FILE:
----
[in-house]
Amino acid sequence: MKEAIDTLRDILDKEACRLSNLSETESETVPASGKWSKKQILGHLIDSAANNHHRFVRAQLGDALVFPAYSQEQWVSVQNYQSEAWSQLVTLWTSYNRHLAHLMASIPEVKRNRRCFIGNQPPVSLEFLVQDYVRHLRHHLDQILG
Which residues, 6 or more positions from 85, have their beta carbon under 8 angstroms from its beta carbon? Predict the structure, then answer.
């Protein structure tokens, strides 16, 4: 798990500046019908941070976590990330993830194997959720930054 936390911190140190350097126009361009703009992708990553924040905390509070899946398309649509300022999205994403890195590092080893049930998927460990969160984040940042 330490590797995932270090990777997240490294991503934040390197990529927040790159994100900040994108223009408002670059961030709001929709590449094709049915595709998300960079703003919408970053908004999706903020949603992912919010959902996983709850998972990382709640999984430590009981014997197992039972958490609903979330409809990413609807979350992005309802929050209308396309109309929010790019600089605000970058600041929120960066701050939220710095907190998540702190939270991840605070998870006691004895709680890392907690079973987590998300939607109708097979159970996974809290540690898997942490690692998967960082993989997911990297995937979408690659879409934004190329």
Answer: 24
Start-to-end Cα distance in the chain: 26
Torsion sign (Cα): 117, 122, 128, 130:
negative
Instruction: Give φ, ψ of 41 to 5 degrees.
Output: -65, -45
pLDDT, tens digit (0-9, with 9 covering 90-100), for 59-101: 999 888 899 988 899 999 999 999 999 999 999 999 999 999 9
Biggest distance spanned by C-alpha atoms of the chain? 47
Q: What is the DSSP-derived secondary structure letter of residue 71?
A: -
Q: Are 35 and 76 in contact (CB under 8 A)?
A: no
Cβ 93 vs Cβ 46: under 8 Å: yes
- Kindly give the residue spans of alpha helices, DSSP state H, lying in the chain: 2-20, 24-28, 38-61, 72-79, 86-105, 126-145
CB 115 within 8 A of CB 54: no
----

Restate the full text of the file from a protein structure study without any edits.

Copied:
[in-house]
Amino acid sequence: MKEAIDTLRDILDKEACRLSNLSETESETVPASGKWSKKQILGHLIDSAANNHHRFVRAQLGDALVFPAYSQEQWVSVQNYQSEAWSQLVTLWTSYNRHLAHLMASIPEVKRNRRCFIGNQPPVSLEFLVQDYVRHLRHHLDQILG
Which residues, 6 or more positions from 85, have their beta carbon under 8 angstroms from its beta carbon? Predict the structure, then answer.
């Protein structure tokens, strides 16, 4: 798990500046019908941070976590990330993830194997959720930054 936390911190140190350097126009361009703009992708990553924040905390509070899946398309649509300022999205994403890195590092080893049930998927460990969160984040940042 330490590797995932270090990777997240490294991503934040390197990529927040790159994100900040994108223009408002670059961030709001929709590449094709049915595709998300960079703003919408970053908004999706903020949603992912919010959902996983709850998972990382709640999984430590009981014997197992039972958490609903979330409809990413609807979350992005309802929050209308396309109309929010790019600089605000970058600041929120960066701050939220710095907190998540702190939270991840605070998870006691004895709680890392907690079973987590998300939607109708097979159970996974809290540690898997942490690692998967960082993989997911990297995937979408690659879409934004190329």
Answer: 24
Start-to-end Cα distance in the chain: 26
Torsion sign (Cα): 117, 122, 128, 130:
negative
Instruction: Give φ, ψ of 41 to 5 degrees.
Output: -65, -45
pLDDT, tens digit (0-9, with 9 covering 90-100), for 59-101: 999 888 899 988 899 999 999 999 999 999 999 999 999 999 9
Biggest distance spanned by C-alpha atoms of the chain? 47
Q: What is the DSSP-derived secondary structure letter of residue 71?
A: -
Q: Are 35 and 76 in contact (CB under 8 A)?
A: no
Cβ 93 vs Cβ 46: under 8 Å: yes
- Kindly give the residue spans of alpha helices, DSSP state H, lying in the chain: 2-20, 24-28, 38-61, 72-79, 86-105, 126-145
CB 115 within 8 A of CB 54: no